# UON velocity Lab Report

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PEN 120 S2 2020
A/Prof ZT Jiang and Dr GEJ Poinern
Online-Support Session
▪ What is Velocity?
▪ Rate of change of
distance (displacement)
with respect to time
▪ Unit ms-1
Opposite
Angle = ⍬
Sliding Cart on a
Ramp
Height of blocks
Table
Angle = ⍬
Sliding Cart
Sliding Cart on a
Ramp
Height of blocks
Angle = ⍬
Table
Angle = ⍬
Sliding Cart
What Moves
the Cart?
A force!
Height of blocks
Angle = ⍬
Table
Angle = ⍬
Sliding Cart
R = Reaction Force
Recall-Newton’s 2 LAW
Force is proportional to
Change of momentum.
F = (mV-mu)/t
F = m(V-u)/t = ma
Weight = mg
Angle = ⍬
Table
Height of blocks
Sliding Cart
So if we break the weight
component, we shall get mgcos⍬=
Reaction Force and mgsin⍬= force
down the ramp.
So this is where our acceleration is
coming from!
Reaction Force
Height of blocks
Angle = ⍬
Table
F = ma = mgsin⍬
Acc is a = gsin⍬ ms-2
Recall your 3 equation of motion.
V2 = U2 + 2as, since U = 0 since you are launching from
rest.
So, V2 = 0 + 2as = 2as
So the acceleration makes our cart
move and it pick up speed.
Then you have to measure the max
speed with the Ultrasound Vernier
system.
V2 = 2as
At this stage for a certain height h of the 5 blocks you
can release at different s, and measure the velocity Vmax
Then we get to Plot V2 v/s s
Just as we can plot V v/s s
V2 [ms-1]2
Graph
2
V = 2as
sm
Comparing with above
equation with y = mx then
m = 2a
Or more precisely
m= 2gsin ⍬
So with this graph you can
also Extract
g, acceleration due to
Gravity.
Quite Neat!
Physics Rule!!!
V ms-1
sm
V = ⎷(2as)= ⎷(2 gsintheta) x ⎷(s) =K ⎷(s)
Excel Data
Lab Report
Lab Report
LABORATORY 1
Velocity
Speed and velocity are rates. They tell us how much distance is covered in a unit of
time. Velocity differs from speed because velocity depends on direction, while speed
does not. Velocity can be expressed by the formula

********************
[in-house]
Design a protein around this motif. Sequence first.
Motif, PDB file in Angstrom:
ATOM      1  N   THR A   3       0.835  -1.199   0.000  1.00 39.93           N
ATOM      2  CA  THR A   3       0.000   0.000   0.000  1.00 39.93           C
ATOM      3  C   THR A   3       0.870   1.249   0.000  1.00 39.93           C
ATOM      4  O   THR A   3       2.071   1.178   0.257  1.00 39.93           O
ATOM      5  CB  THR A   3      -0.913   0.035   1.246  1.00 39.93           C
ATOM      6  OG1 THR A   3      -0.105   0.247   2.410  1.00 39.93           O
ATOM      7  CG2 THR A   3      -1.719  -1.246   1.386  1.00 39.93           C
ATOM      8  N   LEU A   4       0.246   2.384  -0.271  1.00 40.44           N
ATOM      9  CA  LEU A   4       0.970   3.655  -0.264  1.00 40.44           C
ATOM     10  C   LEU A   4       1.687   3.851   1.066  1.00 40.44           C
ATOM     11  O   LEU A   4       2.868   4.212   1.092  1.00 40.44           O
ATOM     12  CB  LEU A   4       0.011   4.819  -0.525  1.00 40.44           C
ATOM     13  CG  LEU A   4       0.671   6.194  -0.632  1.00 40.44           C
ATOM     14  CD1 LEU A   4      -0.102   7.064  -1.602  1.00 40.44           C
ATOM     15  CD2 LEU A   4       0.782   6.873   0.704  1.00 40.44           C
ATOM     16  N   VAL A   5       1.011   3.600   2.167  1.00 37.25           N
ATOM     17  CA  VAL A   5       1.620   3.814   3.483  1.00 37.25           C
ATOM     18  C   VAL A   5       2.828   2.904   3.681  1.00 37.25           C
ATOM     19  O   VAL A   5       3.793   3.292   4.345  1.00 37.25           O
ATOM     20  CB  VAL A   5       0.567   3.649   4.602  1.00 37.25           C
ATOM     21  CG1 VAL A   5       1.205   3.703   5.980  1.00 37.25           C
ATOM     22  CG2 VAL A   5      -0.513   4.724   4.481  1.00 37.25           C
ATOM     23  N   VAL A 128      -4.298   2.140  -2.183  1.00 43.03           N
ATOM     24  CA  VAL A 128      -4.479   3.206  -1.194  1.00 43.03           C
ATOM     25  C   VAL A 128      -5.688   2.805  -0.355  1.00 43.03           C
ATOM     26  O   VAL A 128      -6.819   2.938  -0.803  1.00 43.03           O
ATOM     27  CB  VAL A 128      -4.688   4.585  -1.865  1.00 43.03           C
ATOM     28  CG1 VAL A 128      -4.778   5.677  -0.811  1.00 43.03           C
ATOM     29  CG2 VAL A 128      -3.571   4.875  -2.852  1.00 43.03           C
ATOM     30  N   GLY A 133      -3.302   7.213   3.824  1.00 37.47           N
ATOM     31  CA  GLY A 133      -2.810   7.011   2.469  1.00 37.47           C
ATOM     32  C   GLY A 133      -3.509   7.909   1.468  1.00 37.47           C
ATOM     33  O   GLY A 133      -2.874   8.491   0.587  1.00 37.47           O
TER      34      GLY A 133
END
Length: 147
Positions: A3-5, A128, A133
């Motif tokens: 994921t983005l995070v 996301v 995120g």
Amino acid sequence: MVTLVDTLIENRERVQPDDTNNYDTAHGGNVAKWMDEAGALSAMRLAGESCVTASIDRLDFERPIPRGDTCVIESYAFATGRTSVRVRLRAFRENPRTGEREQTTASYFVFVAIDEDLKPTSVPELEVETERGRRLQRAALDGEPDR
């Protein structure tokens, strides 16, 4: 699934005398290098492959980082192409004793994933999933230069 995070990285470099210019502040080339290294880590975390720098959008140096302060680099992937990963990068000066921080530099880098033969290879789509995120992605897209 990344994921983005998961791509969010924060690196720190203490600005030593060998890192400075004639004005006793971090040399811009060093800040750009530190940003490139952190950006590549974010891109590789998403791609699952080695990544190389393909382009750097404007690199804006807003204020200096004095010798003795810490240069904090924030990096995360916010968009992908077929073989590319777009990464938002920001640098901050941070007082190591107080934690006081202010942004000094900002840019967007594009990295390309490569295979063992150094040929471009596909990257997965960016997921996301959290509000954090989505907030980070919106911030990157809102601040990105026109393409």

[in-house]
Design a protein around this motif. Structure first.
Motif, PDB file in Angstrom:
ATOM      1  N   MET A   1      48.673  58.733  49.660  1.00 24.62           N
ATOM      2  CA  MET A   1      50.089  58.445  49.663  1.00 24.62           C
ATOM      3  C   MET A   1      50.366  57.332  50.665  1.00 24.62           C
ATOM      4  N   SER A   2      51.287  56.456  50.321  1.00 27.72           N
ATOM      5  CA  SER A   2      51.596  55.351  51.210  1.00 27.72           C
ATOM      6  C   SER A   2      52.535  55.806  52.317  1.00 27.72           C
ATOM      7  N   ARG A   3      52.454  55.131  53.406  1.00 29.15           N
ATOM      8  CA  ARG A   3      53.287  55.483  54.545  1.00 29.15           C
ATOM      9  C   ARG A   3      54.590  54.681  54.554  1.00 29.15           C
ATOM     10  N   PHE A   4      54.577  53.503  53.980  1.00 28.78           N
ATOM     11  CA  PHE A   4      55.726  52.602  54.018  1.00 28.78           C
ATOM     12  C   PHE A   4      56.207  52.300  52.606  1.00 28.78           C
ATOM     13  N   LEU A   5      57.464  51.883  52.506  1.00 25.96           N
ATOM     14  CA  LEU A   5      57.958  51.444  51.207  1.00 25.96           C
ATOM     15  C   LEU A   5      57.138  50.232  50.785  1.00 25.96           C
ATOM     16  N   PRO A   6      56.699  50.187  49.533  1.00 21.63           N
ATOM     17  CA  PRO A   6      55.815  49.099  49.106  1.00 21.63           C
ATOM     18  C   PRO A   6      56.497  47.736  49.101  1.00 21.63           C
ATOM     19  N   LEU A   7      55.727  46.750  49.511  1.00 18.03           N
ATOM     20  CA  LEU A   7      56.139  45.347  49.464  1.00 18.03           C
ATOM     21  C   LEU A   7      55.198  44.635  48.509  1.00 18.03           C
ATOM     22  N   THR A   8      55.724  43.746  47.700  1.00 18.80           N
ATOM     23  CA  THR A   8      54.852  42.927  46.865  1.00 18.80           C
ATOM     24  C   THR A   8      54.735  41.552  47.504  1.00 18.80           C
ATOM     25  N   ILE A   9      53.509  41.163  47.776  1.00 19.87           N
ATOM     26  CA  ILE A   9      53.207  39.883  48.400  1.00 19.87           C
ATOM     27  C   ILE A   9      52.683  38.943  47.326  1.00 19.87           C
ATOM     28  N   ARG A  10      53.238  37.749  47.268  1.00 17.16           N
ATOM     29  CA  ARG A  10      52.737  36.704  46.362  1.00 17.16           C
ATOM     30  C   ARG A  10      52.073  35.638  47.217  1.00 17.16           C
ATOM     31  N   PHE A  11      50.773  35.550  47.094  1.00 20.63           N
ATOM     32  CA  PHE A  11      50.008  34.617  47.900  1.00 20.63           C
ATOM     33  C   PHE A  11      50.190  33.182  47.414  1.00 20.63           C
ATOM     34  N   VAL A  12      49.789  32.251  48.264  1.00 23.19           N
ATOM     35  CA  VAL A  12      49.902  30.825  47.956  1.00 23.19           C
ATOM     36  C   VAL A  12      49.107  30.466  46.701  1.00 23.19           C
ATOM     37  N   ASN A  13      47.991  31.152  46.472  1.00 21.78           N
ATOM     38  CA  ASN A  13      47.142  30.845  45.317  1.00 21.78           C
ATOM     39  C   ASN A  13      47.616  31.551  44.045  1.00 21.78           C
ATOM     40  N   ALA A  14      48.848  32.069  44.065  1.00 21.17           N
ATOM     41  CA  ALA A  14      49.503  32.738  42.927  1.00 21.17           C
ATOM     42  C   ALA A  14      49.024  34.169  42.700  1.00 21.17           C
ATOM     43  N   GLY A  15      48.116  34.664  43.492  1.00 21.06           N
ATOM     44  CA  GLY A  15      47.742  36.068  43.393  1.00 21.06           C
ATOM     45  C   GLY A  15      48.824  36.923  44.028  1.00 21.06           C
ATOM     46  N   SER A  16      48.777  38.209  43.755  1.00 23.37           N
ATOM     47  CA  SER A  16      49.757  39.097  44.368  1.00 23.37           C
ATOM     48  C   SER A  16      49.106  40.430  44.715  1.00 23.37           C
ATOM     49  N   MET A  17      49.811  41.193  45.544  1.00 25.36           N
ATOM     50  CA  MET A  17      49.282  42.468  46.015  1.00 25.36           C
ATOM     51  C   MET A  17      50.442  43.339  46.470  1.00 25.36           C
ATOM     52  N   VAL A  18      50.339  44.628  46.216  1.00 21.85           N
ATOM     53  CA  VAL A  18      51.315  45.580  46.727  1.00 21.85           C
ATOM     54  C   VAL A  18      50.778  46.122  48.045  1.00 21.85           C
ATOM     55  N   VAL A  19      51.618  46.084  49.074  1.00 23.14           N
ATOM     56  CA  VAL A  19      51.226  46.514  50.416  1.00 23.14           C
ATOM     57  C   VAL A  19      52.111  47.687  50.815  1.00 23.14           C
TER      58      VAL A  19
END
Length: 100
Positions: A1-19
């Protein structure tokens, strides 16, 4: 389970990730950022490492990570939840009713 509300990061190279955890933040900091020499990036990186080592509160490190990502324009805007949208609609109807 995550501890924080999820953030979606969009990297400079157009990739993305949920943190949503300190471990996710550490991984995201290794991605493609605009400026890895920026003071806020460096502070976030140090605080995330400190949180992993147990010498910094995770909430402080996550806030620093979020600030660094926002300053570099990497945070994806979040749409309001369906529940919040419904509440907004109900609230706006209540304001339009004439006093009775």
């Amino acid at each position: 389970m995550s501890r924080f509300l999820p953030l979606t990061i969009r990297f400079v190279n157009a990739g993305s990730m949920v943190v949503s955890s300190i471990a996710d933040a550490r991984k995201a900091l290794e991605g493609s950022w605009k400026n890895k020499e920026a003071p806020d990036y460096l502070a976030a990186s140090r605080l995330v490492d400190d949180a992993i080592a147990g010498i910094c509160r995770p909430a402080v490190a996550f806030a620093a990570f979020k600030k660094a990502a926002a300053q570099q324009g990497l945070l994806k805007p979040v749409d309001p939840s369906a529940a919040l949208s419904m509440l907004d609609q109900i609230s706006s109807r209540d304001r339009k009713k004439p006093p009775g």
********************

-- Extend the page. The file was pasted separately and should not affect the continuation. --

v = d/t
where v = velocity or speed (in m/s), d = distance travelled (in metres), and t = time (in
seconds). In this activity, you will study the velocity of a car after it is released from
different points on a ramp. A computer-interfaced Motion Detector will be used to
measure velocity.
OBJECTIVES
In this experiment, you will
• Learn how to set up the Vernier data acquisition system
• Use a computer-interfaced Motion Detector to measure velocity.
• Record data.
• Graph results.
• Determine the relationship between velocity and release point.
MATERIALS
Computer
Vernier ultrasonic motion detector
Lab Pro (detector to computer interface)
Dig/Sonic cable
White planks
Dynamics cart with metallic reflector attached
1.2 m dynamics track
USB cable
Figure 1
PROCEDURE
1) Check what equipment for the experiment is already located on your bench.
2) Collect any equipment which is missing from the equipment bench on the
northern side of the laboratory.
3) Examine the ruler which is part of the dynamics track. Set up a ramp on the
white planks as shown in Figure 1, making sure that the 0cm end is at the
bottom of the incline, the 122cm end at the top. The high end of the ramp
should be about 10 cm from the table top.
4) Check that a black reflector is stuck to the back of a car as is illustrated in Figure
1.
5) Secure the Motion Detector at the top and centre of the ramp as shown in
Figure 1.
6) Connect the Motion Detector to DIG/SONIC 1 on the LabPro interface.
7) Prepare the computer for data collection by opening the file “PEN120
Velocities” from the C:\Program Files\Vernier Software\Logger Pro
3\Experiments\murdoch\pec120 folder.
8) Test the Motion Detector and the LabPro system is working by clicking on the
button. Within a few seconds, you should here a ticking noise coming
from the detector. Move your hand up and down along the dynamics track and
check that your movement is being recorded on the graph in the LoggerPro
window on the computer.
YOU ARE NOW READY TO BEGIN.
9) Place your car on the ramp with the end of the Silver Spring arrester in line
with the 20cm mark on the ruler. Click
and release the car after you
hear a ticking sound coming from the Motion Detector.
10) Click the Statistics button, . Record the max (maximum) velocity in your data
table.
11) Repeat Steps 9 and 10 two more times and record these in the table as trials 2
and 3.
12) Repeat Steps 9-11 at the other positions identified in the table.
DATA
Velocity (m/s)
Trial / Release Position
20cm
40cm
60cm
80cm
100cm
1
2
3
Average
PROCESSING THE DATA
1) Calculate the average velocity for each release position from the maximum
velocities. Record in the above table.
2) Graph these results using Excel. Plot RELEASE POSITION (in cm) on the horizontal
axis and VELOCITY (in m/s) on the vertical axis. Include the graph in your report
(attached as a separate page is fine). Describe the shape of the curve.
3) What happened to the velocity as you released the car from higher points?
4) Describe two ways you could make the car go down the ramp faster without
changing the height of the ramp or the release positions.
5) What slows the car?
Discussion and Conclusion
Write a discussion and conclusion about this experiment. Summarise the results.
Include some thoughts on the underlying physics involved and sources of errors that
may have been observed.

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